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Every Single MCU Movie So Far Ranked From Worst To Best

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Every Single MCU Movie So Far Ranked From Worst To Best

The Marvel Cinematic Universe has revolutionized the way that movie franchises work. Now, it’s not good enough to have part one, then part two, then part three. You have to have a wide, sprawling universe of interconnected stories and characters that flit in and out of one another like an elaborate puzzle. Every other franchise has since followed suit, from DC Comics to the Universal monsters to the video games of Activision to Legendary Pictures’ MonsterVerse to Hasbro to Jump Street to Lego to Star Wars. The list is endless! And yet, none of them have come anywhere near close to matching the resounding success of the MCU. Almost twenty movies in, the MCU is still knocking it out of the park and they’re not showing any signs of running out of steam any time soon. They just released Black Panther, which has been universally acclaimed by critics for its storytelling, character development, and African representation. It’s had a heck of a first week, grossing more than half a billion dollars at the worldwide box office in a matter of days. Marvel’s on a roll! They’ve been on a roll for over a decade now, amassing 18 brilliant movies, and that looks to be continuing later this summer with the release of Avengers: Infinity War. In anticipation of Infinity War, we’ve ranked the existing 18 MCU movies from worst to best.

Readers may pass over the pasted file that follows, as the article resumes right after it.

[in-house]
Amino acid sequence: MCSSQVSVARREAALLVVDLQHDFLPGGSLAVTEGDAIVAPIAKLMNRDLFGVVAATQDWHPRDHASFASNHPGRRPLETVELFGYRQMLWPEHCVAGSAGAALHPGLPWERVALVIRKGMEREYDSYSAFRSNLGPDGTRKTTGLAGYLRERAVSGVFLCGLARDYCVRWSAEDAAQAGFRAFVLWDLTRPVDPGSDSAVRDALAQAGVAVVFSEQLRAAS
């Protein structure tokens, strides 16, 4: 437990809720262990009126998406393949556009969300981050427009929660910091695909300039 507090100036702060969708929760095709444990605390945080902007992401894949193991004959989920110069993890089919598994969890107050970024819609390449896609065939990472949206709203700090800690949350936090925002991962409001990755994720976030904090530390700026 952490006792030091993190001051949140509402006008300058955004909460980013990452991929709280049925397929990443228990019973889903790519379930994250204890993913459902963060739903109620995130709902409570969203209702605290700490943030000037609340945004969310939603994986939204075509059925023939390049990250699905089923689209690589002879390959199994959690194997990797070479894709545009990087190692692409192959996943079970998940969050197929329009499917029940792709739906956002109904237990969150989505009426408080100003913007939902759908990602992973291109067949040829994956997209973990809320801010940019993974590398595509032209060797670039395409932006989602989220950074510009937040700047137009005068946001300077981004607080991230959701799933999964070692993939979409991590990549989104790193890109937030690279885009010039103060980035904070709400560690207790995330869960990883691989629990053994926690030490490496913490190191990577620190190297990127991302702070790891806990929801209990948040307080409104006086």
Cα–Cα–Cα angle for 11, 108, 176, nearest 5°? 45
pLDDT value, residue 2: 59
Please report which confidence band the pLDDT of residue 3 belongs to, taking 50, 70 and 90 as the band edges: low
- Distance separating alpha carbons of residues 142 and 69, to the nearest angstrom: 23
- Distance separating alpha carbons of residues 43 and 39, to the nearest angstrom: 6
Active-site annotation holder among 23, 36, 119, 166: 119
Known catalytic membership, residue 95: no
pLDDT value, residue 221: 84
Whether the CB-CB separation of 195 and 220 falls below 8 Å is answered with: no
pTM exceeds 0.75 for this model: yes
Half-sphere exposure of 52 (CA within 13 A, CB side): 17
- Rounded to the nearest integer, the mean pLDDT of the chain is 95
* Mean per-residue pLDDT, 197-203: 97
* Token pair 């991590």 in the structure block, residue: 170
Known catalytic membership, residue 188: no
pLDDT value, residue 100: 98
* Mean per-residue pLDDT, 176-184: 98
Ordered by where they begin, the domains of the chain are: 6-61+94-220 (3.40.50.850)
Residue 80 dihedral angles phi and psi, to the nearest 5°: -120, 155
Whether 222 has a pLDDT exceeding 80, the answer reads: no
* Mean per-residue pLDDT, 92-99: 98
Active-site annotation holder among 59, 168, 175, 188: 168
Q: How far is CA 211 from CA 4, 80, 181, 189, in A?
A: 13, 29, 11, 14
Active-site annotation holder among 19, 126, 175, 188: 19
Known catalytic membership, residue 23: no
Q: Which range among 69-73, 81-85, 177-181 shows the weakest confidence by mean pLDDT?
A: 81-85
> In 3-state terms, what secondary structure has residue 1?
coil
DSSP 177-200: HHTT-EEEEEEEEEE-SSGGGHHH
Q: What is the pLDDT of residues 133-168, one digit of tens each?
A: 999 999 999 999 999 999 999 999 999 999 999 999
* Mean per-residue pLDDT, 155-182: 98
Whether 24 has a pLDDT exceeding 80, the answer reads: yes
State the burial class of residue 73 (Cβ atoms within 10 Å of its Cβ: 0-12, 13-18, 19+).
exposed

18. Thor: The Dark World

There’s no question that Thor: The Dark World is the weakest movie in the MCU. There’s just nothing interesting or spectacular about it. When Kenneth Branagh directed the first Thor movie, he brought something to it. He brought his Shakespearean background and his British comic wit to it. That’s what distinguished Thor from all the other superhero blockbusters and made it so darn entertaining. But with Thor: The Dark World, director Alan Taylor just gave us a run of the mill, by the numbers comic book movie. Taylor’s used to directing TV episodes, and that’s pretty much what he did here. He matched the house style of the MCU and directed an episode of it. These movies are better when the directors bring a personal touch, like James Gunn or Joss Whedon.

17. Iron Man 2

Iron Man 2 is the Batman v Superman: Dawn of Justice of the MCU. It’s the one that was made as soon as the studio brass decided they wanted to build up a shared cinematic universe of their characters and stories. Therefore, it’s less its own movie and more universe setup. It’s rammed with new characters and settings and plotlines that are designed to pay off in other movies. As a movie itself, Iron Man 2 is very slapdash, and as a setup of the cinematic universe, it’s a complete mess. But hey, it gave us Black Widow and Nick Fury, so it’s not all bad. And Mickey Rourke plays an interesting villain.